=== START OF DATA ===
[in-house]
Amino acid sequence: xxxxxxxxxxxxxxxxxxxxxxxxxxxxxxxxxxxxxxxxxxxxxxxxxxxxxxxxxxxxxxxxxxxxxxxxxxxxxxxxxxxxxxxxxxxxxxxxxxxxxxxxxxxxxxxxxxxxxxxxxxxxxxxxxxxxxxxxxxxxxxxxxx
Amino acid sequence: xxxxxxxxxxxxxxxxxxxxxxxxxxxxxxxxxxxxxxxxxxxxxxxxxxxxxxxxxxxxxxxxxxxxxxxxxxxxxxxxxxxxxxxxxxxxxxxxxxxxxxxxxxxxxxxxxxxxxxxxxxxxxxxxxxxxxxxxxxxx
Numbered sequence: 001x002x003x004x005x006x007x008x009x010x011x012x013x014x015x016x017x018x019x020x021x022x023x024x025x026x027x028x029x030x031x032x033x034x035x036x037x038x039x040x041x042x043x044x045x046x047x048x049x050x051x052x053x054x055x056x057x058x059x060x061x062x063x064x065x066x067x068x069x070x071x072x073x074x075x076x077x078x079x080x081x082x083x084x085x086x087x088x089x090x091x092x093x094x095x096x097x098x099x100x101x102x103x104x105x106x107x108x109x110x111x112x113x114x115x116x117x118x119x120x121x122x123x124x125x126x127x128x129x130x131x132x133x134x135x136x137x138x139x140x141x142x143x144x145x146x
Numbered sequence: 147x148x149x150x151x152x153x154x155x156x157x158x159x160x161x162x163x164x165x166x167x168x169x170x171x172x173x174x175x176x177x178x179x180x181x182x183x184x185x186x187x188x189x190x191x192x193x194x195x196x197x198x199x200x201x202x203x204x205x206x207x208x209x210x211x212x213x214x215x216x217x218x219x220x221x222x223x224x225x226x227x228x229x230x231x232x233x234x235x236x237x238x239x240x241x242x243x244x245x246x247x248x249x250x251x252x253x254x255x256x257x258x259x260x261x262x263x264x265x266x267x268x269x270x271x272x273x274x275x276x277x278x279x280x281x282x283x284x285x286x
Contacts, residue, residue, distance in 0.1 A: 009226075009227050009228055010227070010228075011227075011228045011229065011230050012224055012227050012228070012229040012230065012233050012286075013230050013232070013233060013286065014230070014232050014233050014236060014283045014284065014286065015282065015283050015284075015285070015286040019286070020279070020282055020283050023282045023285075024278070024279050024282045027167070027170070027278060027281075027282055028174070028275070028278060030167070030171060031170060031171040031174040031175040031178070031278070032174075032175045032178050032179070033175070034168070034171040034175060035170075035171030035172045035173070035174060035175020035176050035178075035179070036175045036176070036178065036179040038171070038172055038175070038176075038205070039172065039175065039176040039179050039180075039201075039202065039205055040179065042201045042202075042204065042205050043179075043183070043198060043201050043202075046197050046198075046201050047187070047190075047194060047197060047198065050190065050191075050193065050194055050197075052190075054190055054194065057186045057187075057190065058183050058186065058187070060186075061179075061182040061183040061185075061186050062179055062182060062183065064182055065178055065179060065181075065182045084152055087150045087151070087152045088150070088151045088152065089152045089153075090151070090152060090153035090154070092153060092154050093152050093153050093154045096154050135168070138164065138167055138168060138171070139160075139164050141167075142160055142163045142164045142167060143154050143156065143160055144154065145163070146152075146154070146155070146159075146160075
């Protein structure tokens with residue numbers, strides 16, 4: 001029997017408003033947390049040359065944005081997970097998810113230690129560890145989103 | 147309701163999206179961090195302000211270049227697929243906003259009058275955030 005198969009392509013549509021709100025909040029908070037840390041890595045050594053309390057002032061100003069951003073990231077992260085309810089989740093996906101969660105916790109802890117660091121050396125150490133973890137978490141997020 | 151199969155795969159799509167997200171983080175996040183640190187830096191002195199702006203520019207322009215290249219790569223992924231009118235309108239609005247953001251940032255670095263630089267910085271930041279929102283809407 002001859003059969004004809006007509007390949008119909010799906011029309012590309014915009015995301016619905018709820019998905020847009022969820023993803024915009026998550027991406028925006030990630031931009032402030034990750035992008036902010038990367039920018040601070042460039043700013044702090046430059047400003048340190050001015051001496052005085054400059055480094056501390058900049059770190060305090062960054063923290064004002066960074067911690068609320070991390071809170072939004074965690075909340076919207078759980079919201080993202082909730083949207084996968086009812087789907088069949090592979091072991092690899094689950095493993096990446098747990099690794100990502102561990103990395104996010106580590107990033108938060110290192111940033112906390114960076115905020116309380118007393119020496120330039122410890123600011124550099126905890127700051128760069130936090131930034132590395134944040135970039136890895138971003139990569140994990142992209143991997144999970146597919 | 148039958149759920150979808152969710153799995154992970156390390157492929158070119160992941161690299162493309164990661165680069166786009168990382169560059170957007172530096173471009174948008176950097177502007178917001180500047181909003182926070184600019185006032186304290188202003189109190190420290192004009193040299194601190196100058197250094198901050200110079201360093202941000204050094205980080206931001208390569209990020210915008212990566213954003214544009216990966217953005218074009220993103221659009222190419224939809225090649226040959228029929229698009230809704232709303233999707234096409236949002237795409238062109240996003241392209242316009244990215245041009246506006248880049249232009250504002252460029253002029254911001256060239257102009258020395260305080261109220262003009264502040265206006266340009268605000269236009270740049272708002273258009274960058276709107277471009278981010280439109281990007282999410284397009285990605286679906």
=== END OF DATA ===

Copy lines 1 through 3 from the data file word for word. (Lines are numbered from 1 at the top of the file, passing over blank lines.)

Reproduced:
[in-house]
Amino acid sequence: xxxxxxxxxxxxxxxxxxxxxxxxxxxxxxxxxxxxxxxxxxxxxxxxxxxxxxxxxxxxxxxxxxxxxxxxxxxxxxxxxxxxxxxxxxxxxxxxxxxxxxxxxxxxxxxxxxxxxxxxxxxxxxxxxxxxxxxxxxxxxxxxxx
Amino acid sequence: xxxxxxxxxxxxxxxxxxxxxxxxxxxxxxxxxxxxxxxxxxxxxxxxxxxxxxxxxxxxxxxxxxxxxxxxxxxxxxxxxxxxxxxxxxxxxxxxxxxxxxxxxxxxxxxxxxxxxxxxxxxxxxxxxxxxxxxxxxxx